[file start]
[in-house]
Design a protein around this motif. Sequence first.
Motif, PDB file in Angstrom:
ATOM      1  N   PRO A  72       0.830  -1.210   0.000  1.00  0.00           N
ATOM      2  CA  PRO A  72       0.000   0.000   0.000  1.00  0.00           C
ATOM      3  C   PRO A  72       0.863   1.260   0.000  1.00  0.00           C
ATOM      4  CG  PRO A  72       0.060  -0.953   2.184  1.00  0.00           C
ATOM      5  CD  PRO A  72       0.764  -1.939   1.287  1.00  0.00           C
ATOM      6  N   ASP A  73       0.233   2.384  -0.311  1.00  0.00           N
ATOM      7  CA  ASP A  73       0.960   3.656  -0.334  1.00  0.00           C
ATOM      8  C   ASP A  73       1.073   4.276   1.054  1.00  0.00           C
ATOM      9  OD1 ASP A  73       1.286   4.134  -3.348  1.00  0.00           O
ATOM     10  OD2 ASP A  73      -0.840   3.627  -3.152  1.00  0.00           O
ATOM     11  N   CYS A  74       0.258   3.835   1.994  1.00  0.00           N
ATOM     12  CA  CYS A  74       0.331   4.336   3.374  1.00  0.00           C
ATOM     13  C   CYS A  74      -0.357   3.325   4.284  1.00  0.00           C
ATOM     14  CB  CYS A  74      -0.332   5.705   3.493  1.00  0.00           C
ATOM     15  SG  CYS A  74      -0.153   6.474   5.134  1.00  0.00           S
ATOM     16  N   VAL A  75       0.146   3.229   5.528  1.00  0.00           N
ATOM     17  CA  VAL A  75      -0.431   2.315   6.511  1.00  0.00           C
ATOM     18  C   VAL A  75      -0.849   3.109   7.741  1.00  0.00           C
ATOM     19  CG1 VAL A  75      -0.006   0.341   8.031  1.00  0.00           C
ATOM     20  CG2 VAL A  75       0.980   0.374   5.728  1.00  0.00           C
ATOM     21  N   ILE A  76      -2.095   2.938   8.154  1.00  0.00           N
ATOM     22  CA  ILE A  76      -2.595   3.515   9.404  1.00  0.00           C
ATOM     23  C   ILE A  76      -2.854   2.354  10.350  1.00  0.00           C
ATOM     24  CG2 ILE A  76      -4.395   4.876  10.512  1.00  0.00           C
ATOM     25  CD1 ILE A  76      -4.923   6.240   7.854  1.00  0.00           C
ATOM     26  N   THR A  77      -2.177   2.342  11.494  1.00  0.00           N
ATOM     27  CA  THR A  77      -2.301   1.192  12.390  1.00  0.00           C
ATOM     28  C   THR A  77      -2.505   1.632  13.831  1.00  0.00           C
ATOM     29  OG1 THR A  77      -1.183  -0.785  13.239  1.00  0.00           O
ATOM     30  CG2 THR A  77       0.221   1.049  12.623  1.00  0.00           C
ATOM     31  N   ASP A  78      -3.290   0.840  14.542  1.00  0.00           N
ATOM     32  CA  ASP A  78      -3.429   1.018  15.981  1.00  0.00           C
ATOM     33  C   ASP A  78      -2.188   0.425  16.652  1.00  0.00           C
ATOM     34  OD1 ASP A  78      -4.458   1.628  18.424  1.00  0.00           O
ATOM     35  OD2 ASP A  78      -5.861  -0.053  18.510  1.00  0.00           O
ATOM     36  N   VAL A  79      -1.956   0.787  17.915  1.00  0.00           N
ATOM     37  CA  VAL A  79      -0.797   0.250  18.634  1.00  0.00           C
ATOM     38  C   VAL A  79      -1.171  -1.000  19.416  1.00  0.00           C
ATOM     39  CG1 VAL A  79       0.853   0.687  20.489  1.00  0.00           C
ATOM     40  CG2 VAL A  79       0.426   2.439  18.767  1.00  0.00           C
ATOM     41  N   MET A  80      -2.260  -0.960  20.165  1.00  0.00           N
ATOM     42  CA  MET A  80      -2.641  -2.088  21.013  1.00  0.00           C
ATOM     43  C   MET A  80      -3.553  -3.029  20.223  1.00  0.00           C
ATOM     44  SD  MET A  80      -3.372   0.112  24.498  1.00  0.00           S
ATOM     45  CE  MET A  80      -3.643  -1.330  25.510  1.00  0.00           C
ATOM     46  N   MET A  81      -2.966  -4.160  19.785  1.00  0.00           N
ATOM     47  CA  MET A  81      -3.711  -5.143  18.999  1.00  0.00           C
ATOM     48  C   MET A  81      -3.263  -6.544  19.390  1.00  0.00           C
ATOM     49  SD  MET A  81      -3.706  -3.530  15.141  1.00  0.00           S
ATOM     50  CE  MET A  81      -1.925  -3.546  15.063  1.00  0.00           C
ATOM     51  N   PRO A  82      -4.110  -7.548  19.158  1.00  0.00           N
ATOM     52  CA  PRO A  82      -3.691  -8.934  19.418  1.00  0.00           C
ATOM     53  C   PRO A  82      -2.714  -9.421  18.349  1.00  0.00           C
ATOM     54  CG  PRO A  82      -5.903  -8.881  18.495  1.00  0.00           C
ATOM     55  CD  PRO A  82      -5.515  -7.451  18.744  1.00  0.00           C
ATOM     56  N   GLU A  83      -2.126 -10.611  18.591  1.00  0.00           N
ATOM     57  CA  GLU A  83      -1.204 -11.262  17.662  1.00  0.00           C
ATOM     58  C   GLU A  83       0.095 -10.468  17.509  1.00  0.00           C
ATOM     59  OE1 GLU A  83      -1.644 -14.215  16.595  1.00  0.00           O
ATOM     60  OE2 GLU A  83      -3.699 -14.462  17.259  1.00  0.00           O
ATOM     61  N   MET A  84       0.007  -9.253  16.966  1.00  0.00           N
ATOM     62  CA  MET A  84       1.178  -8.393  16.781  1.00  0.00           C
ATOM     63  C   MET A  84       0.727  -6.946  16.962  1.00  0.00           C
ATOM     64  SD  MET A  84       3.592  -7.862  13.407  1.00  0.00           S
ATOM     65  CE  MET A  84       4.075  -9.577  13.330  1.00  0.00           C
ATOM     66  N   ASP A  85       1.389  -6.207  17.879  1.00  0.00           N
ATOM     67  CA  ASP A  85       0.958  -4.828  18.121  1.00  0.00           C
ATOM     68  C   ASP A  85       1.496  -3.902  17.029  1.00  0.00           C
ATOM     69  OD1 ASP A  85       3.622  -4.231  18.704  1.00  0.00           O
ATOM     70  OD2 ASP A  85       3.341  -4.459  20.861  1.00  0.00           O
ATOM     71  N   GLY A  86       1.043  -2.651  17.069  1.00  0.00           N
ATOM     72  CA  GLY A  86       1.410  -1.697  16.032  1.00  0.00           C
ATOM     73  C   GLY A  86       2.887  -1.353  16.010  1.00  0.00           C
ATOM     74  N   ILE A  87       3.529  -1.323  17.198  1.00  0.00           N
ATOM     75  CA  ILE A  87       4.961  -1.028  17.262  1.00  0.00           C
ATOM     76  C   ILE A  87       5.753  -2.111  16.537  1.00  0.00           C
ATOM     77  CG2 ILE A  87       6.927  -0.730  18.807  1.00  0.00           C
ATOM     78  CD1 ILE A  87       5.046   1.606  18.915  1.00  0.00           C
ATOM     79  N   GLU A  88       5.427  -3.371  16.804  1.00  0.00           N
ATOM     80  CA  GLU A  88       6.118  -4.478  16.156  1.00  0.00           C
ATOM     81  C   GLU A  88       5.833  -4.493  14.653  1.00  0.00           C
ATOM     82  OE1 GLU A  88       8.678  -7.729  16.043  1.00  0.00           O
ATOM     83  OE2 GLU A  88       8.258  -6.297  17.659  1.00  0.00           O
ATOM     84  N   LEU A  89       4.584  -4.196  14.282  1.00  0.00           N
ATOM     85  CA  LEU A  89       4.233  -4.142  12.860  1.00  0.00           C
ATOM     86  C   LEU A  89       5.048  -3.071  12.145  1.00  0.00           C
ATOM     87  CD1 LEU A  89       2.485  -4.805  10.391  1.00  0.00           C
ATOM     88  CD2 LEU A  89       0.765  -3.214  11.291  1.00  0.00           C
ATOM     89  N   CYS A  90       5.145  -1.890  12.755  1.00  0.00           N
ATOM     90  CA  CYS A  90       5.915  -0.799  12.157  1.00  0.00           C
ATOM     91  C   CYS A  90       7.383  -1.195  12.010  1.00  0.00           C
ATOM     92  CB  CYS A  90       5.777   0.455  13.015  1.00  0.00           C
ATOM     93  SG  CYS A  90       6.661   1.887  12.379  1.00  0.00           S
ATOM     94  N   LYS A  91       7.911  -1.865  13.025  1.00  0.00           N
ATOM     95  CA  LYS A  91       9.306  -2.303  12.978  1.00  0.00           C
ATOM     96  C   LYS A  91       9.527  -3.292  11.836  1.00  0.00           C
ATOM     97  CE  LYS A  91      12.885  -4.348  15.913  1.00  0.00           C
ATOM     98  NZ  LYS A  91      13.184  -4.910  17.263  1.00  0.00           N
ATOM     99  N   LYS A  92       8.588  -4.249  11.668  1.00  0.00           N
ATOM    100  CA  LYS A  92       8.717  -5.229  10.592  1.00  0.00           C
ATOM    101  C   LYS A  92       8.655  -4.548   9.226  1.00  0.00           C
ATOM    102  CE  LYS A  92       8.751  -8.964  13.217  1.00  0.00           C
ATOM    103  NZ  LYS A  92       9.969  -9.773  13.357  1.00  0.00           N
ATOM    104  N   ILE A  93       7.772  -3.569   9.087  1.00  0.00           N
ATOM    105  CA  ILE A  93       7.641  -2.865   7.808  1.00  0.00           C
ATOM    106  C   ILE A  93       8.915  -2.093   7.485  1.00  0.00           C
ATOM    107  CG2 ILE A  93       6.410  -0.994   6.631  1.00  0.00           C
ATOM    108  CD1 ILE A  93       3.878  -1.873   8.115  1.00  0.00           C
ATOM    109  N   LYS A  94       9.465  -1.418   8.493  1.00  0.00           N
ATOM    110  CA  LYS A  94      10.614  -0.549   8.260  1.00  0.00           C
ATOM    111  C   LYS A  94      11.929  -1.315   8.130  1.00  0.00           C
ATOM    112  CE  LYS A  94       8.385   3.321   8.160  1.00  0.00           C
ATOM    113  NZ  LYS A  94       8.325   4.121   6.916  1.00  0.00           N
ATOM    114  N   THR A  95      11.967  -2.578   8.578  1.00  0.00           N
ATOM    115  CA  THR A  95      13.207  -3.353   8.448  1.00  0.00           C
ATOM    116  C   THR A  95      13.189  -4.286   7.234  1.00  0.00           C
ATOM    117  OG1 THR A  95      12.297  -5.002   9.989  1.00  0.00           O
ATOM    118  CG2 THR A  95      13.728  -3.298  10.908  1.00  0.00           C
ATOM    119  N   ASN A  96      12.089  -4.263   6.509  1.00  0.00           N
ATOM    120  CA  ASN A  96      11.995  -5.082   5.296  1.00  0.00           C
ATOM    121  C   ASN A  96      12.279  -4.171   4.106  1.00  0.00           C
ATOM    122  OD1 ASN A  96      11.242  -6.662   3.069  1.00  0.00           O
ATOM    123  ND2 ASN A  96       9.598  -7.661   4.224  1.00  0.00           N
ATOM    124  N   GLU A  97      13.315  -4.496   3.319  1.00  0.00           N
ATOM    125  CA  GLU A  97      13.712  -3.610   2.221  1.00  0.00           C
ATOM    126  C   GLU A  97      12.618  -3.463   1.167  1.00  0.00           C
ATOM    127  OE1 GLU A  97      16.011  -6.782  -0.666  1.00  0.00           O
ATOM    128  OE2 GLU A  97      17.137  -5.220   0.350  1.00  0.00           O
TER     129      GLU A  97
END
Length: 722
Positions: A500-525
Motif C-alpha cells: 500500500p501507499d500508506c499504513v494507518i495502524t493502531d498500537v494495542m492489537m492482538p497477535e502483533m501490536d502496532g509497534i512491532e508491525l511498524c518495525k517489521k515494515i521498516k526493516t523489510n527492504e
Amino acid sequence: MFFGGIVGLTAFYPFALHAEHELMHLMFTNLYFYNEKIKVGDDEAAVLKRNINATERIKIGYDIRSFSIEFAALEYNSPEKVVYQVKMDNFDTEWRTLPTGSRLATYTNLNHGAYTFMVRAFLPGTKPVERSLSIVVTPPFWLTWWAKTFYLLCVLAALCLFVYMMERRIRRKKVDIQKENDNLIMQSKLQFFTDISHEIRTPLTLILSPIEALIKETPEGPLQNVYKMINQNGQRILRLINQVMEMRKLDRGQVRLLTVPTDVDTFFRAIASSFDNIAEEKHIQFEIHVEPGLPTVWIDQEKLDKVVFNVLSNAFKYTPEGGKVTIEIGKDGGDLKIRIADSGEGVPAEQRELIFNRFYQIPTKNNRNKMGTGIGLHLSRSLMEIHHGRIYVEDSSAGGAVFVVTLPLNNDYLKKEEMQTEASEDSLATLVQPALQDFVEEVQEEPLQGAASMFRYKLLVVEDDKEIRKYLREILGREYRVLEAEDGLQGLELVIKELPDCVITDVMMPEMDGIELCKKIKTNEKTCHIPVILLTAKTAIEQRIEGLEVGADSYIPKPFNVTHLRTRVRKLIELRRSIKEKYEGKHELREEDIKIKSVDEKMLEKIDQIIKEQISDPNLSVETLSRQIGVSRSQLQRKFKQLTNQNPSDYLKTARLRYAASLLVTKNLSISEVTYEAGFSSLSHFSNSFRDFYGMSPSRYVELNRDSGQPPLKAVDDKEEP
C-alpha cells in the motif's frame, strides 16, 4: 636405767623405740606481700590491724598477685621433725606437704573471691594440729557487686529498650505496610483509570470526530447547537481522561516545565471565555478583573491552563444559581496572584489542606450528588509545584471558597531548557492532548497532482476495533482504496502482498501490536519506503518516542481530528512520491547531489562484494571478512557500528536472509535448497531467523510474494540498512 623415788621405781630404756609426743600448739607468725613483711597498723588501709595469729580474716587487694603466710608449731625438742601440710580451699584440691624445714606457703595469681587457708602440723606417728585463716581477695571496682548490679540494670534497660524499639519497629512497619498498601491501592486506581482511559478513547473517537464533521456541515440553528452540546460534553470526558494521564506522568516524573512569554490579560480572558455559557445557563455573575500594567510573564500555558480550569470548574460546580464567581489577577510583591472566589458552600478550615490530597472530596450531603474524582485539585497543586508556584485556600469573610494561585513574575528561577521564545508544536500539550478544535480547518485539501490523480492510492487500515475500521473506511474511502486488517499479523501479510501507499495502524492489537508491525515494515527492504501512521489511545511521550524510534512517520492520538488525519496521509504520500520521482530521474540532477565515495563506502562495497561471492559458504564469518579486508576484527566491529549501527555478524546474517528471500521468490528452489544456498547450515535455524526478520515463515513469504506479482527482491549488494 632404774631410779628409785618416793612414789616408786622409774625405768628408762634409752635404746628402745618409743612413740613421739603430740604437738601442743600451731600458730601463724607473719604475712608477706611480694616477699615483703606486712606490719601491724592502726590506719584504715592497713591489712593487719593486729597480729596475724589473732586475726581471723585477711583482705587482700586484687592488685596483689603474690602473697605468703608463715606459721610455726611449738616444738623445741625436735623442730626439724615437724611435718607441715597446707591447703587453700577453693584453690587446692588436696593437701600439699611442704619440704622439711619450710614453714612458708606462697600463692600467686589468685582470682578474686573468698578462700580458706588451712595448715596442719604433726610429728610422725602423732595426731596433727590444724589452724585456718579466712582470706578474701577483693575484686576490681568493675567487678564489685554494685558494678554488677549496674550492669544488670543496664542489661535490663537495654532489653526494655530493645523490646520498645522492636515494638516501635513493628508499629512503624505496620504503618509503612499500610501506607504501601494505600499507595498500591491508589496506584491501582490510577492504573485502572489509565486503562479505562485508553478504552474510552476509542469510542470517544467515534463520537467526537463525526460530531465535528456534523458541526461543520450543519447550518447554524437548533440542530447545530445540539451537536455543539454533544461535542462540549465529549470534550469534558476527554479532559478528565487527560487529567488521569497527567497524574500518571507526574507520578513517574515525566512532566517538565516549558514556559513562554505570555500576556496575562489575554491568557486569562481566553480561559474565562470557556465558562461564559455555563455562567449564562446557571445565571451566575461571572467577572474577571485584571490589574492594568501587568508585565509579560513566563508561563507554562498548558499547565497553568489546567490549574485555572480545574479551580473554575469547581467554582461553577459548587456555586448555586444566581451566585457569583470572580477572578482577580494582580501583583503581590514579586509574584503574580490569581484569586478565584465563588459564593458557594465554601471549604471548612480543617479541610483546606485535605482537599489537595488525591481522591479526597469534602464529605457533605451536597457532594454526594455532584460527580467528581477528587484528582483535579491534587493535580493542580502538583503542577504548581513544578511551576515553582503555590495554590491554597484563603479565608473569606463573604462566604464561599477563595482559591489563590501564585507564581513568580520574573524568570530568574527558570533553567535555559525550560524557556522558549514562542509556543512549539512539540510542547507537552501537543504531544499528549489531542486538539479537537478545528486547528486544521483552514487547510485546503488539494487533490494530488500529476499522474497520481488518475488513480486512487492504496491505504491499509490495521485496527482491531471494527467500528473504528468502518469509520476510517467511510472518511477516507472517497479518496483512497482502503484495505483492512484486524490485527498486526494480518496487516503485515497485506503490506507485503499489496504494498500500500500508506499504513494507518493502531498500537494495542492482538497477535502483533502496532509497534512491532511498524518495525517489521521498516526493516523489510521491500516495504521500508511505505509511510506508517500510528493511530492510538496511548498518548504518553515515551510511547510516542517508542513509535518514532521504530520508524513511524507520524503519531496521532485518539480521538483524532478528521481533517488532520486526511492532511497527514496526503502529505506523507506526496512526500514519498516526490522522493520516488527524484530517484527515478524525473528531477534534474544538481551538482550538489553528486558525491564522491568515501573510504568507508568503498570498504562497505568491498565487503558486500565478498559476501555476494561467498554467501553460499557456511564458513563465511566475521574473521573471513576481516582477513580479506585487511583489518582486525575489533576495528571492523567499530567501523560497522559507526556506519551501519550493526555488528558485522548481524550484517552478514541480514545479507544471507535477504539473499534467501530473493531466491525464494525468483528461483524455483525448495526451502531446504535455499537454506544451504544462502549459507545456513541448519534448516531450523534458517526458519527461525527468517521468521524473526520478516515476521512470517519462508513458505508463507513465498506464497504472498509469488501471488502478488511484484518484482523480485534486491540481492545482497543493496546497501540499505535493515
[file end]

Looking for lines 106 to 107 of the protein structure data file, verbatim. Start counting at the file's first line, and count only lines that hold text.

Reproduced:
ATOM    103  NZ  LYS A  92       9.969  -9.773  13.357  1.00  0.00           N
ATOM    104  N   ILE A  93       7.772  -3.569   9.087  1.00  0.00           N